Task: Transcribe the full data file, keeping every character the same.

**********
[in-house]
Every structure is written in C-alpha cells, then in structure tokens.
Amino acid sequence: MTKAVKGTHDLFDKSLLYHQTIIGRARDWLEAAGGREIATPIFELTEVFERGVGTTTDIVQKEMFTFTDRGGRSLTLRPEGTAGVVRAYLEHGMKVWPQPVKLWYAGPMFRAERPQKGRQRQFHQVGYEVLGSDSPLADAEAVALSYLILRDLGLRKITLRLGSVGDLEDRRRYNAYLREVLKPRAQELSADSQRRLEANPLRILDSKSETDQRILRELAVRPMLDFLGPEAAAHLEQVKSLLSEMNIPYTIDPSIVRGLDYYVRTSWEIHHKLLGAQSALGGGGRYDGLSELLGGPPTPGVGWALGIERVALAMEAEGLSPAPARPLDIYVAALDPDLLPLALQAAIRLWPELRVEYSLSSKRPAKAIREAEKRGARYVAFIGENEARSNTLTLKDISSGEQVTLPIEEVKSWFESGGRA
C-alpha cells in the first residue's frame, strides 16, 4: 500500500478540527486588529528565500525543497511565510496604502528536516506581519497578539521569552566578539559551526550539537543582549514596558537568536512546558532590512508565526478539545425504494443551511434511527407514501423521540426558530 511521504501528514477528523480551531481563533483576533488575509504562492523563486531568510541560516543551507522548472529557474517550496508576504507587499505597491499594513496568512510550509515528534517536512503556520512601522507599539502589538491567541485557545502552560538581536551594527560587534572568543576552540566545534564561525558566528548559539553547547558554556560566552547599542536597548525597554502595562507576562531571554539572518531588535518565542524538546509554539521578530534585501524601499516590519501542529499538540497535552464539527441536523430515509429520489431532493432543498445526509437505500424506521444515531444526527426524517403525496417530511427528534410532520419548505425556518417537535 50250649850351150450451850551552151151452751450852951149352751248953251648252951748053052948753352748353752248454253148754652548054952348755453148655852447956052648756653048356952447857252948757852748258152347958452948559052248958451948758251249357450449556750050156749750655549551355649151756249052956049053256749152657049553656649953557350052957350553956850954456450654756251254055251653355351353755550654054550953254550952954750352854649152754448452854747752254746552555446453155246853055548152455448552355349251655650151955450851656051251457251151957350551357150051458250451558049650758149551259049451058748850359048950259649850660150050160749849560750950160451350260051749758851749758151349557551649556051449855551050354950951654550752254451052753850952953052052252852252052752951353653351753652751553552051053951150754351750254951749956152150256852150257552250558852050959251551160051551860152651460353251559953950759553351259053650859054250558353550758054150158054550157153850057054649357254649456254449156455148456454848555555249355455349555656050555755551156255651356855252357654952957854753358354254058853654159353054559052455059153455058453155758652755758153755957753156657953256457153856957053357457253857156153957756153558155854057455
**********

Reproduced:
[in-house]
Every structure is written in C-alpha cells, then in structure tokens.
Amino acid sequence: MTKAVKGTHDLFDKSLLYHQTIIGRARDWLEAAGGREIATPIFELTEVFERGVGTTTDIVQKEMFTFTDRGGRSLTLRPEGTAGVVRAYLEHGMKVWPQPVKLWYAGPMFRAERPQKGRQRQFHQVGYEVLGSDSPLADAEAVALSYLILRDLGLRKITLRLGSVGDLEDRRRYNAYLREVLKPRAQELSADSQRRLEANPLRILDSKSETDQRILRELAVRPMLDFLGPEAAAHLEQVKSLLSEMNIPYTIDPSIVRGLDYYVRTSWEIHHKLLGAQSALGGGGRYDGLSELLGGPPTPGVGWALGIERVALAMEAEGLSPAPARPLDIYVAALDPDLLPLALQAAIRLWPELRVEYSLSSKRPAKAIREAEKRGARYVAFIGENEARSNTLTLKDISSGEQVTLPIEEVKSWFESGGRA
C-alpha cells in the first residue's frame, strides 16, 4: 500500500478540527486588529528565500525543497511565510496604502528536516506581519497578539521569552566578539559551526550539537543582549514596558537568536512546558532590512508565526478539545425504494443551511434511527407514501423521540426558530 511521504501528514477528523480551531481563533483576533488575509504562492523563486531568510541560516543551507522548472529557474517550496508576504507587499505597491499594513496568512510550509515528534517536512503556520512601522507599539502589538491567541485557545502552560538581536551594527560587534572568543576552540566545534564561525558566528548559539553547547558554556560566552547599542536597548525597554502595562507576562531571554539572518531588535518565542524538546509554539521578530534585501524601499516590519501542529499538540497535552464539527441536523430515509429520489431532493432543498445526509437505500424506521444515531444526527426524517403525496417530511427528534410532520419548505425556518417537535 50250649850351150450451850551552151151452751450852951149352751248953251648252951748053052948753352748353752248454253148754652548054952348755453148655852447956052648756653048356952447857252948757852748258152347958452948559052248958451948758251249357450449556750050156749750655549551355649151756249052956049053256749152657049553656649953557350052957350553956850954456450654756251254055251653355351353755550654054550953254550952954750352854649152754448452854747752254746552555446453155246853055548152455448552355349251655650151955450851656051251457251151957350551357150051458250451558049650758149551259049451058748850359048950259649850660150050160749849560750950160451350260051749758851749758151349557551649556051449855551050354950951654550752254451052753850952953052052252852252052752951353653351753652751553552051053951150754351750254951749956152150256852150257552250558852050959251551160051551860152651460353251559953950759553351259053650859054250558353550758054150158054550157153850057054649357254649456254449156455148456454848555555249355455349555656050555755551156255651356855252357654952957854753358354254058853654159353054559052455059153455058453155758652755758153755957753156657953256457153856957053357457253857156153957756153558155854057455